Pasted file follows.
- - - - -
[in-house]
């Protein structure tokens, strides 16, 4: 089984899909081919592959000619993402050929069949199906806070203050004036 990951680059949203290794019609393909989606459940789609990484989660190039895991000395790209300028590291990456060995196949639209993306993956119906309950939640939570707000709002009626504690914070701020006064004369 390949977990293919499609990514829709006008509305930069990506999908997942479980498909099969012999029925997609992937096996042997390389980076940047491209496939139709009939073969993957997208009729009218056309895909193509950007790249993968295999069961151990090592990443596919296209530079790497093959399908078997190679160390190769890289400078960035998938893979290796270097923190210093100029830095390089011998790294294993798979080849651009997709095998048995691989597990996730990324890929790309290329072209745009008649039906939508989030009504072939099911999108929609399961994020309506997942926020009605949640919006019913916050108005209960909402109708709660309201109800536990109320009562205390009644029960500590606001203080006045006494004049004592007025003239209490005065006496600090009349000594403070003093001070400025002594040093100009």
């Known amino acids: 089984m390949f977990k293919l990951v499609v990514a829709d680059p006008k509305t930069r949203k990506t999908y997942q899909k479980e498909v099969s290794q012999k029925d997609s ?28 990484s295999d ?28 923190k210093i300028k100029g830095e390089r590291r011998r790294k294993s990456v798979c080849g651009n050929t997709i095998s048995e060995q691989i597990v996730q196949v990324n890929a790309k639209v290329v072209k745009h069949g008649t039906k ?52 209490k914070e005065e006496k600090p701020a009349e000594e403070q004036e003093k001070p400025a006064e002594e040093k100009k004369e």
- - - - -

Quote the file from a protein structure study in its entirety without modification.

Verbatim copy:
[in-house]
């Protein structure tokens, strides 16, 4: 089984899909081919592959000619993402050929069949199906806070203050004036 990951680059949203290794019609393909989606459940789609990484989660190039895991000395790209300028590291990456060995196949639209993306993956119906309950939640939570707000709002009626504690914070701020006064004369 390949977990293919499609990514829709006008509305930069990506999908997942479980498909099969012999029925997609992937096996042997390389980076940047491209496939139709009939073969993957997208009729009218056309895909193509950007790249993968295999069961151990090592990443596919296209530079790497093959399908078997190679160390190769890289400078960035998938893979290796270097923190210093100029830095390089011998790294294993798979080849651009997709095998048995691989597990996730990324890929790309290329072209745009008649039906939508989030009504072939099911999108929609399961994020309506997942926020009605949640919006019913916050108005209960909402109708709660309201109800536990109320009562205390009644029960500590606001203080006045006494004049004592007025003239209490005065006496600090009349000594403070003093001070400025002594040093100009």
């Known amino acids: 089984m390949f977990k293919l990951v499609v990514a829709d680059p006008k509305t930069r949203k990506t999908y997942q899909k479980e498909v099969s290794q012999k029925d997609s ?28 990484s295999d ?28 923190k210093i300028k100029g830095e390089r590291r011998r790294k294993s990456v798979c080849g651009n050929t997709i095998s048995e060995q691989i597990v996730q196949v990324n890929a790309k639209v290329v072209k745009h069949g008649t039906k ?52 209490k914070e005065e006496k600090p701020a009349e000594e403070q004036e003093k001070p400025a006064e002594e040093k100009k004369e």